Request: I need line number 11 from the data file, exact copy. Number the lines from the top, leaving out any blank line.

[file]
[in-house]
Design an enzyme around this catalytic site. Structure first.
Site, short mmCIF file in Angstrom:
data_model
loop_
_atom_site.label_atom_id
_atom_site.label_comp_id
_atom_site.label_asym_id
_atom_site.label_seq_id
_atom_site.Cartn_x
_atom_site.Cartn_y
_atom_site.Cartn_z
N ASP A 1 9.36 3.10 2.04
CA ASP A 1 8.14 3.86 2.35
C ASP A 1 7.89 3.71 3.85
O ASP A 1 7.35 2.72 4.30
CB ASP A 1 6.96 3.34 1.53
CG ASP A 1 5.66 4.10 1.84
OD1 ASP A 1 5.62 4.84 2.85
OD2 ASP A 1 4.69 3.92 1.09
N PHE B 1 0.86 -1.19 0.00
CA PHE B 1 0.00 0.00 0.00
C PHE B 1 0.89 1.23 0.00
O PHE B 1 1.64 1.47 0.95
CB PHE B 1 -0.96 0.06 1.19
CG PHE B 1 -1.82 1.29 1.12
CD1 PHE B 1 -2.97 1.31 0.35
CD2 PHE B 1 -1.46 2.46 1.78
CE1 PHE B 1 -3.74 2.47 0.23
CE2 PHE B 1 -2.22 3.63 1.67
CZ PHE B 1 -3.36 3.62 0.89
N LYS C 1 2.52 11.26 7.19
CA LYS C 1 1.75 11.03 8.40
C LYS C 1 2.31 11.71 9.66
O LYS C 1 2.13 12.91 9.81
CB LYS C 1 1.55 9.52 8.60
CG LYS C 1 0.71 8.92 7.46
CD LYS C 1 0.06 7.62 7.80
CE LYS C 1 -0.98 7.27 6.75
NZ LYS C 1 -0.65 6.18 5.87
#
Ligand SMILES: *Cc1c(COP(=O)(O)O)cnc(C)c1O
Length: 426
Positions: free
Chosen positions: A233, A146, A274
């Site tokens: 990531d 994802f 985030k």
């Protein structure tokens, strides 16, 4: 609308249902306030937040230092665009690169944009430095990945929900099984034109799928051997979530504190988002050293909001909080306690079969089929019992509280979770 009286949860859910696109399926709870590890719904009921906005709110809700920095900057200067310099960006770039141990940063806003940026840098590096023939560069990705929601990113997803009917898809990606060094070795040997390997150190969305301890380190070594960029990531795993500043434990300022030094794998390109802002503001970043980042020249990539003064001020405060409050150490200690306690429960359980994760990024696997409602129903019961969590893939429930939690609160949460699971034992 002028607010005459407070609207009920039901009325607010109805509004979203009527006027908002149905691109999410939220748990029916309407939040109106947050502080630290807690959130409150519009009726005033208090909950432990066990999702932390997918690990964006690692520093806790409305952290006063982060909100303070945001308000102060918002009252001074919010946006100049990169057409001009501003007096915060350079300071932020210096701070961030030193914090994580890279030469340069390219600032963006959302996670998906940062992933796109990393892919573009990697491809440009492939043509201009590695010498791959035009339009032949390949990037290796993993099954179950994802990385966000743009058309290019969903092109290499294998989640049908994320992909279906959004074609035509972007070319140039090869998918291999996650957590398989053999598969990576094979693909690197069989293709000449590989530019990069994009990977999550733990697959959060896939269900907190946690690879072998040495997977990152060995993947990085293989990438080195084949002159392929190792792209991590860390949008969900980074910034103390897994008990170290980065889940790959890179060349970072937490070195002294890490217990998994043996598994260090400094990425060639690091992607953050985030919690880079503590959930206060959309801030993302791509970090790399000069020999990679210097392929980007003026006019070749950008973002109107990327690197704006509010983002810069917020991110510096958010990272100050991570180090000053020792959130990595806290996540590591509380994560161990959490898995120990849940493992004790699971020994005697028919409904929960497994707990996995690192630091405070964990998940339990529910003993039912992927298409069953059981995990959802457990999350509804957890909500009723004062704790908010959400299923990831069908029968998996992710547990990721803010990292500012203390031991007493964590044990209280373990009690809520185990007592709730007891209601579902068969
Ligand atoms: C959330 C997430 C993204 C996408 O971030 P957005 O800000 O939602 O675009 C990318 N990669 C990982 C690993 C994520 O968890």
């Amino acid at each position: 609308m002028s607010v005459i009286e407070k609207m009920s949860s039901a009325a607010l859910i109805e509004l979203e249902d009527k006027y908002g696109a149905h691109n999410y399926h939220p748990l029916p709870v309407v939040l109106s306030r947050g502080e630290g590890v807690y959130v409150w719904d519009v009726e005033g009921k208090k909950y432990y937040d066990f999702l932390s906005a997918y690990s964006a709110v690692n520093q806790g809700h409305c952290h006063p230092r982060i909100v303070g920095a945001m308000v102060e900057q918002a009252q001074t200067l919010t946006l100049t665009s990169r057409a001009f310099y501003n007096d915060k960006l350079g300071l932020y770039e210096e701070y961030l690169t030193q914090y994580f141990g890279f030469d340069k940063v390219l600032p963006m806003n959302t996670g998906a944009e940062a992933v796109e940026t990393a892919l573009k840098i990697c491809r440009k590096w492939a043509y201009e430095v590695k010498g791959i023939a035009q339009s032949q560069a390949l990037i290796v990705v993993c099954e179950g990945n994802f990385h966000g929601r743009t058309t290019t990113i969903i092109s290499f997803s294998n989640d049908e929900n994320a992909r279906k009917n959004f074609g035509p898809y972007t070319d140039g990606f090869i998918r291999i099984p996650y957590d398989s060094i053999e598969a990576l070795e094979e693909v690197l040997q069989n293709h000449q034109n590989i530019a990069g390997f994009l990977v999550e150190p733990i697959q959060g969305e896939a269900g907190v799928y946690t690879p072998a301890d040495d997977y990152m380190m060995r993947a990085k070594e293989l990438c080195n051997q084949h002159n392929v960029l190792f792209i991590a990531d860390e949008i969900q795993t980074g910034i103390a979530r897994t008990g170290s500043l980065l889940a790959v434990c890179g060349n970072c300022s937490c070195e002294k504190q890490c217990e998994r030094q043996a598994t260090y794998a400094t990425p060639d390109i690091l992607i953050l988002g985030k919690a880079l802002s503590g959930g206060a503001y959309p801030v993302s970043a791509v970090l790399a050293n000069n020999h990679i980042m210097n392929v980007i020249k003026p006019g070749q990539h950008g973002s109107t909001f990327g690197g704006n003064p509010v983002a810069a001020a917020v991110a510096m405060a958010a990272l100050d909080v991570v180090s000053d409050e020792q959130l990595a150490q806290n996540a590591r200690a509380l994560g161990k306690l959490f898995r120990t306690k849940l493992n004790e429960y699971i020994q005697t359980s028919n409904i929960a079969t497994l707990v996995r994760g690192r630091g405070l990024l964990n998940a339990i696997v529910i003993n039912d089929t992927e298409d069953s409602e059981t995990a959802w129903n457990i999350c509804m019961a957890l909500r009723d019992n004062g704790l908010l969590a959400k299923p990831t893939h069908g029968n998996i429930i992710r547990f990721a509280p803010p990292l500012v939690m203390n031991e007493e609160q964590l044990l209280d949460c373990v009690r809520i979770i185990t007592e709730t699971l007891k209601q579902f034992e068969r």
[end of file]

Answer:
_atom_site.Cartn_y